December 6, 2004
Ex-CIA Chief Gates Warns on Cyberterror
HOUSTON (AP) -- Cyberterrorism could be the most devastating weapon of mass destruction yet and could cripple the U.S. economy, former CIA Director Robert Gates said at a terrorism conference Saturday.
Gates, who became Texas A&M University's president in 2002 about a decade after he left the CIA, cited as an example the "love bug" virus that overwhelmed computer systems around the world in 2000.
"When a teenage hacker in the Philippines overnight can wreak $10 billion in damage to the U.S. economy by implanting a virus, imagine what a sophisticated, well-funded effort to attack the computer base of our economy could accomplish," said Gates, addressing the two-day conference at Rice University.
Even before 2000, the United States seemed an easy cyberterrorism target, Gates said.
He said the CIA and National Security Agency conducted an exercise six years ago, assigning 50 computer specialists to see how hard it would be to shut down the nation's electric grid. It took only two days for the group to put itself in a position to do so, he said.
"All you have to do is look at what happened in the northeast when you had a tree fall on a line in rural Ohio," he said of a blackout that affected cities from Detroit to New York last year. "What I am talking about is bringing the U.S. economy to its knees."
The Internet is a prime target because the high-tech economy of the West can be seen as a threat in less-developed areas of the world, he said.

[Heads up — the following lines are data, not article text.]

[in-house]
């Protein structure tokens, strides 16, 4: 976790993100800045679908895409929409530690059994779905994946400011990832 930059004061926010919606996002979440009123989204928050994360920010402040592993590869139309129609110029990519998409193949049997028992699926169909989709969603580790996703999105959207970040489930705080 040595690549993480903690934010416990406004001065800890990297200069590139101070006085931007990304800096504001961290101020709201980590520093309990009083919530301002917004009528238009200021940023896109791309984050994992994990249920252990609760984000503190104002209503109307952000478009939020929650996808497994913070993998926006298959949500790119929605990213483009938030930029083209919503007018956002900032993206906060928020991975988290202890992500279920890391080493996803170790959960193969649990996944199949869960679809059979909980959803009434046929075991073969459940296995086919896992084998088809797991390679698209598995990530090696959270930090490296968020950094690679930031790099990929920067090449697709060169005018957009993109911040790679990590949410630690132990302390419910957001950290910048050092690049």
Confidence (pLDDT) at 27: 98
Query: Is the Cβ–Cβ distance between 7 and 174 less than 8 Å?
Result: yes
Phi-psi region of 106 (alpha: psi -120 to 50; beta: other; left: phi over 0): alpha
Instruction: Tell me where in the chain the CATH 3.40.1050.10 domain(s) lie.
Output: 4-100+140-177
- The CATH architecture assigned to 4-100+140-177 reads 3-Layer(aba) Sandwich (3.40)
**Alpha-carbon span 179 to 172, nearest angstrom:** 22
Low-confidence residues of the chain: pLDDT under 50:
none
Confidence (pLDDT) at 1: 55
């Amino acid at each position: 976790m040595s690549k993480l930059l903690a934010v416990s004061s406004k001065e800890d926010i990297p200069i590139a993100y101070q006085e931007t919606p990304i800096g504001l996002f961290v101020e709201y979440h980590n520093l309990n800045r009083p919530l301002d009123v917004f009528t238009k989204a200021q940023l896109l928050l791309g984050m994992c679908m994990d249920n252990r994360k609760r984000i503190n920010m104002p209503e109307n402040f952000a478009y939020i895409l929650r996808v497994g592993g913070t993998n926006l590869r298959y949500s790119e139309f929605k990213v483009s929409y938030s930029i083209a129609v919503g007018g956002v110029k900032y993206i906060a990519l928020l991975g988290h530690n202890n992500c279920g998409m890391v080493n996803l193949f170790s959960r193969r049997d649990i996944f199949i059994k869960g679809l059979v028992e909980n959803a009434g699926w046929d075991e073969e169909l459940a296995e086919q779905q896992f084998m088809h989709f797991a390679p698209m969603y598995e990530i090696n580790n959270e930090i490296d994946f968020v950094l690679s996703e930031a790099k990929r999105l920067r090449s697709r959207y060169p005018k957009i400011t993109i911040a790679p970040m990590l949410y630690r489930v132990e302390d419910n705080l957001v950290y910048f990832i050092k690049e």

"We welcome rapid, even revolutionary change," he said. "For them, it is profoundly disturbing and even a desperate danger to their way of life."
Gates compared the war on terrorism to the Cold War and warned there is a long battle ahead.
"Terrorism is a global challenge that will take many forms and many years to defeat or contain," he said. "I think we can be certain that terrorists will hit America again."
Terrorism has evolved in the years since Gates served as CIA director during the early 1990s, he said.
In the 1970s and 1980s, most terrorist groups were directed or sponsored by governments such as Iran, Iraq, Libya or Syria, he said. That made it easier to gather intelligence.
"Because they were trying to bring attention to a cause and to win support, they tended to limit the scale of their violence and the number of innocent lives they were prepared to take," he said. "This is obviously no longer the case."
Now terrorists are motivated by religion and are profoundly revolutionary, he said.
"As loathsome as bin Laden and his henchmen are, there is a method to their madness," Gates said. "The primary reason bin Laden attacked the United States three years ago is that dislike and even hatred of the United States is the only point of agreement that cuts across religious, secular and national divisions throughout the Arab Middle East."